The mere fact of collision between a railway train and a vehicle at a highway grade crossing furnishes no basis
for any inference as to whether the accident was caused by negligence of the railway company, or of the traveler on the highway, or of both, or without fault of anyone. Reasoning does not lead from the occurrence back to its cause. And the presumption was used to support conflicting allegations of negligence. Plaintiff claimed that the engineer failed to keep a lookout ahead, that he did not stop the train after he saw the truck on the crossing, and that his eyesight was so bad that he could not see the truck in time to stop the train.
Appellee relies principally upon Mobile, J. & K.C. R. Co. v. Turnipseed, 219 U. S. 35. That was an action in a court of Mississippi to recover damages for the death of a section foreman accidentally killed in that state. While engaged about his work, he stood by the track to let a train pass; a derailment occurred, and a car fell upon him. A statute of the state provided:
". . . Proof of injury inflicted by the running of the locomotives or cars of such [railroad] company shall be prima facie evidence of the want of reasonable skill and care on the part of the servants of the company in reference to such injury."
That provision was assailed as arbitrary, and in violation of the due process clause of the Fourteenth Amendment. This Court held it valid, and said (p. 219 U. S. 43):
"The only legal effect of this inference is to cast upon the railroad company the duty of producing some evidence to the contrary. When that is done, the inference is at end, and the question of negligence is one for the jury upon all of the evidence. . . . The statute does not . . . fail in due process of law, because it creates a presumption of liability, since its operation is only to supply an inference of liability in the absence of other evidence contradicting such inference."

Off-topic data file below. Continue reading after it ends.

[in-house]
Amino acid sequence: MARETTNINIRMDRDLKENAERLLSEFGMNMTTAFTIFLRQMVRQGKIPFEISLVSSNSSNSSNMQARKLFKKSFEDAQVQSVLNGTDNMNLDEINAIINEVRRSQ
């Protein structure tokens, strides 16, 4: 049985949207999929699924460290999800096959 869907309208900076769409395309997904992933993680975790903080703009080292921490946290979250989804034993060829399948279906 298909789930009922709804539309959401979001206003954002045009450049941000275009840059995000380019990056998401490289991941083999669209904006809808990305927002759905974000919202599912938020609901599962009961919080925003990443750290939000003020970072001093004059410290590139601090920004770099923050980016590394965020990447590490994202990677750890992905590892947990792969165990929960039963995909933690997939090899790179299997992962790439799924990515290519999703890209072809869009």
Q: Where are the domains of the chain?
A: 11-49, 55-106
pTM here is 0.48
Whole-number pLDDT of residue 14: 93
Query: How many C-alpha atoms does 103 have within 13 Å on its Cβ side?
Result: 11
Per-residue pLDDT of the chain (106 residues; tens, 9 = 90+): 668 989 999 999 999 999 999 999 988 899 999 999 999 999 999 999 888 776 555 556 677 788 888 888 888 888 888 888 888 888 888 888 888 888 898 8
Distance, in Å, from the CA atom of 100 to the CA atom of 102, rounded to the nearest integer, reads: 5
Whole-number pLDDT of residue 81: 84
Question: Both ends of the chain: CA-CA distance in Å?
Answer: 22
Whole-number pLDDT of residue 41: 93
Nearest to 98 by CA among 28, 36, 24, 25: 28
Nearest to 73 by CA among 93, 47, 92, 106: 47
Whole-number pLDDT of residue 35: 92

That case is essentially different from this one. Each of the state enactments raises a presumption from the fact of injury caused by the running of locomotives or cars. The Mississippi statute created
merely a temporary inference of fact that vanished upon the introduction of opposing evidence. Gulf, M. & N. R. Co. v. Brown, 138 Miss. 39, 66; Columbus & G. Ry. Co. v. Fondren, 145 Miss. 679. That of Georgia, as construed in this case, creates an inference that is given effect of evidence to be weighed against opposing testimony, and is to prevail unless such testimony is found by the jury to preponderate.
The presumption raised by § 2780 is unreasonable and arbitrary, and violates the due process clause of the Fourteenth Amendment. Manley v. Georgia, supra; McFarland v. American Sugar Co., 241 U. S. 79; Bailey v. Alabama, 219 U. S. 219.
* The construction of § 2780 by the trial court is in harmony with that given it in the higher courts of the state. Western & Atlantic R. Co. v. Thompson, 38 Ga.App. 599; Western & Atlantic R. Co. v. Dobbs, 36 Ga.App. 516; Central of Georgia Ry. Co. v. Barnett, 35 Ga.App. 528; Payne, Agent v. Wells, 28 Ga.App. 29; Central of Georgia Ry. Co. v. Hartley, 25 Ga.App. 110; Georgia Ry. & Electric Co. v. Bailey, 9 Ga.App. 106; Ellenberg v. Southern R. Co., 5 Ga.App. 389. And see Georgia Southern & Florida Ry. Co. v. Thornton, 144 Ga. 481.